Palestinian Gay Runaways Survive on Israeli Streets
September 17, 2003
By Dan Williams
TEL AVIV—At the bath houses of Tel Aviv, “Rani”
finds anonymity and sometimes a free buffet. And there is always the chance of
meeting an Israeli or a rich tourist who will offer his hotel room for a few
nights, no questions asked.
For gay Palestinian runaways such as Rani, life on the street in Israel is
a daily calculation of how to survive, but it is still easier than the
persecution they say they suffered in the more traditional communities in the
West Bank and Gaza Strip.
“Anwar”—who like other Palestinian homosexuals interviewed by Reuters
goes by an assumed name—fled the West Bank after his brothers and father
suspected he was gay and beat him senseless.
Rani said he was tortured by Palestinian police who wanted him to spy on
other homosexuals—a charge authorities at his Gaza hometown denied. He
escaped on a work visa to Israel before a Palestinian uprising for statehood
erupted three years ago.
Rights activists estimate that 300 mostly male gay Palestinians are quietly
eking out a living in Israel, at risk of being forcibly repatriated because
they are illegal immigrants or because police consider them a threat.
“The first danger to them is from family and community, as well as
(Palestinian) authorities,” said Donatella Rovera of Amnesty International.
“Going to Israel is a one-way ticket, and once there their biggest problem
is possibly being sent back.”
Palestinian runaways learn Hebrew quickly, playing down their Arab accents.
Hospitals are avoided, and cash put aside for private health care. Those who
turn to prostitution learn to spot plainclothes police from a distance.
Fearing that word of their whereabouts might reach vengeful relatives back
home, they avoid contact with one another.
“In my dreams I see my relatives, wearing masks, coming to kidnap and
kill me,” said 22-year-old Rani, wearing a goatee, fake military dog-tags
and a Star of David medallion—the trappings of Israeli urban youth.
According to Shaul Gonen of Aguda, Israel’s main homosexual rights lobby,
at least three Palestinian runaways have disappeared this way, punished for
violating “family honor.”
Nature Versus Nation
Sodomy carries a three- to 10-year jail term in the West Bank and Gaza
Strip. Palestinian legal experts say enforcement is at the discretion of local
authorities and usually requires that the accused be caught in the act.
Islam denounces homosexuality as a sin, and many Palestinians deny it
exists in their midst. Israel, which decriminalized sodomy in 1987, is
considered among the more liberal of societies when it comes to gay rights.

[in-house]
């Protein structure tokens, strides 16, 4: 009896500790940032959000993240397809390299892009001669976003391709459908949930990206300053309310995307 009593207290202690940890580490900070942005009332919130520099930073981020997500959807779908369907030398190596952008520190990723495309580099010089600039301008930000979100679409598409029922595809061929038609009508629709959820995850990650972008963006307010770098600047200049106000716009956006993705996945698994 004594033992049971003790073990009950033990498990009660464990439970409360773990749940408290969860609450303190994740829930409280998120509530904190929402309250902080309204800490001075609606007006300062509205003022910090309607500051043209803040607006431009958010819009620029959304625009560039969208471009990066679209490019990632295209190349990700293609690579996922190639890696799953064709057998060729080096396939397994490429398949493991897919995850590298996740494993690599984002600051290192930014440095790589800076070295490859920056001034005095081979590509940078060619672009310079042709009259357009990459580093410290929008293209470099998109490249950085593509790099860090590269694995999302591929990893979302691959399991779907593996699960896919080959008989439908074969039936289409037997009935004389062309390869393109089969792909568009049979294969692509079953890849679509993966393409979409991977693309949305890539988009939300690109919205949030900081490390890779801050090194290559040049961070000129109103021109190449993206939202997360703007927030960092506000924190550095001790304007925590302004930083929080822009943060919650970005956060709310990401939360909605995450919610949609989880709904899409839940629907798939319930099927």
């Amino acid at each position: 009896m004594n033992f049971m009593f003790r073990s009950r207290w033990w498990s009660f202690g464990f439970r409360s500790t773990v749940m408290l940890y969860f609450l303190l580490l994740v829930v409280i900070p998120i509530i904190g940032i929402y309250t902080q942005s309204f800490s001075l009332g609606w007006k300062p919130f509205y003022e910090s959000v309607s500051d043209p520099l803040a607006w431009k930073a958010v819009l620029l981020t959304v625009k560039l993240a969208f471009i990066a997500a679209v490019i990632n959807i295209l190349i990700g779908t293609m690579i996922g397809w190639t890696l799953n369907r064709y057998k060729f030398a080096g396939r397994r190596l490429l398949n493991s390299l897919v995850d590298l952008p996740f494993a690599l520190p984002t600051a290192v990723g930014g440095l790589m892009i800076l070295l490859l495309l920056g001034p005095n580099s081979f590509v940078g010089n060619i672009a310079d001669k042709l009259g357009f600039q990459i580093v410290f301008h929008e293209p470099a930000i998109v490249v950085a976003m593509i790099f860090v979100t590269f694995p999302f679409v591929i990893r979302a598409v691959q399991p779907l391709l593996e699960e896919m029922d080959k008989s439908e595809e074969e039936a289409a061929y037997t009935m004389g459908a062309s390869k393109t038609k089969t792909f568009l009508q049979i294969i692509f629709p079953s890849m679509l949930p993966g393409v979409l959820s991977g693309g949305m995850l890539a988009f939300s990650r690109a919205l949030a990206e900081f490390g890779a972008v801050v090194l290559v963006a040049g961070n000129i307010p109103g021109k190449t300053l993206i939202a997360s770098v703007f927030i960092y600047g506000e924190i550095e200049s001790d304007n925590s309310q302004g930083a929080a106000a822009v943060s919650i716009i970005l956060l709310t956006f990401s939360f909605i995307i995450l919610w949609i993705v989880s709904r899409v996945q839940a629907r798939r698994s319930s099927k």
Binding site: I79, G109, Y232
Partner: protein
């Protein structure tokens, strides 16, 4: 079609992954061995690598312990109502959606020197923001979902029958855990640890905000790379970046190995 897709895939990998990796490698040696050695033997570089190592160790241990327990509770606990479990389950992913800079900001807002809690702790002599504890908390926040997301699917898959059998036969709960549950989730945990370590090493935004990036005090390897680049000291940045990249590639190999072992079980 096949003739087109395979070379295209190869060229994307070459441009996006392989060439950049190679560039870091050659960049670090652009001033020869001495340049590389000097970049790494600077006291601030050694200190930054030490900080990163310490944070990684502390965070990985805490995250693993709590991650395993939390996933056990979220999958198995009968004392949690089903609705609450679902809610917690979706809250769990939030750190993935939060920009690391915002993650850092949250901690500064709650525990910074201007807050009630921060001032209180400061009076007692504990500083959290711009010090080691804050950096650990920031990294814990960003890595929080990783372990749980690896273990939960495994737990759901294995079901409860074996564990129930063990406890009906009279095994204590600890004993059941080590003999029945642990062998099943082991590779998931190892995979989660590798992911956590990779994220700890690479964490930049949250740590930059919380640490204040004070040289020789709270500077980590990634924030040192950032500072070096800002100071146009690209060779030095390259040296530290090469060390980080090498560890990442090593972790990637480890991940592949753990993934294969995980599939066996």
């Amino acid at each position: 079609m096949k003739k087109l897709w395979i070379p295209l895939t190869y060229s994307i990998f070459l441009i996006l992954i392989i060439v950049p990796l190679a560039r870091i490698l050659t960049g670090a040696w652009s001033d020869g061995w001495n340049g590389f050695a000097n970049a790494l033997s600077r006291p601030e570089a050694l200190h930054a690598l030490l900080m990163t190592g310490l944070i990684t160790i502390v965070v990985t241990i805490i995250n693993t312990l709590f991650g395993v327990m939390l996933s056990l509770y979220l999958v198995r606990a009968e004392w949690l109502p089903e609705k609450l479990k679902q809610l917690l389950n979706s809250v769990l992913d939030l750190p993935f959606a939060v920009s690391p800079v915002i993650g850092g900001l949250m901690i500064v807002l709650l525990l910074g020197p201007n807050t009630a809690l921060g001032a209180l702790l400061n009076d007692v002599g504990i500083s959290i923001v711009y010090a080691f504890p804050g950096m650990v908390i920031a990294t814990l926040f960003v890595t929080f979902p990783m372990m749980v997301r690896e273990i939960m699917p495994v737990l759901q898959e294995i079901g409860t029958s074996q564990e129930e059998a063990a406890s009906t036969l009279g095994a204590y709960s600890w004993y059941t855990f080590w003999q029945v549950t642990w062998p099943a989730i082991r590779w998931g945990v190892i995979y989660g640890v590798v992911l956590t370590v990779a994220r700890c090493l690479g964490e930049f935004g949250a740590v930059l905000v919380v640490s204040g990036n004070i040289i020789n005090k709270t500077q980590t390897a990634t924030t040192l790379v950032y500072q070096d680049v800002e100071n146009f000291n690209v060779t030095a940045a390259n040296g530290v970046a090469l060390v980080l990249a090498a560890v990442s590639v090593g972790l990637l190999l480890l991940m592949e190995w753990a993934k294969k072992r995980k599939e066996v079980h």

“Palestinian society is very conservative and there is a very, very, very
small and secretive community of these people,” said Hassan Khreisheh, who
heads the human rights monitoring committee in the Palestinian Legislative
Council, or parliament.
He dismissed the runaways living in Israel as “collaborators guilty of
various crimes, including homosexuality.”
Palestinian gays are regularly accused by compatriots of being part of
Israel’s vast network of informers.
Asked to verify Anwar’s account of his expulsion from home, a Palestinian
security source said that not only Anwar, but also his father and brothers
were viewed as “prostitutes and spies.”
“In the Arab mindset, a person who has committed a moral offense is often
assumed to be guilty of others, and it radiates out to the family and
community,” said Bassam Eid, director of Palestinian Human Rights Watch.
“As homosexuality is seen as a crime against nature, it is not hard to
link it to collaboration—a crime against nation,” Eid added, lamenting
what he called a “total lack” of support networks for gays in the West
Bank and Gaza.
Eid and Gonen said they knew of several Palestinian gays who had worked for
Israeli intelligence in exchange for money or administrative favors including
the right to live in Israel.
One former Israeli handler of collaborators disputed this.
“Gays are already treated with suspicion in Palestinian society,” said
Menachem Landau, a veteran of Israel’s Shin Bet intelligence agency. “So
what good are they for covert work?”
Pressure goes the other way too. “Ali,” a 19-year-old from the West
Bank, said he went into hiding in Tel Aviv after Palestinian militants ordered
him to carry out a suicide bombing and “purge his guilt” for being gay.
Rani said he knew of three similar cases. “But they refused. We don’t
want to kill, just to live—in Israel or wherever.”
Anwar, who lives with a Jewish partner under identity papers loaned by an
Israeli Arab, said he was content but wanted to move abroad eventually. One
Israeli-Palestinian gay couple won residency in Canada, but this is rare.
Gonen said Israeli police had expelled several dozen gay runaways at West
Bank and Gaza checkpoints in recent years. Most soon sneaked back.
But he said four had vanished in the territories and one was later reported
to have been killed by relatives.
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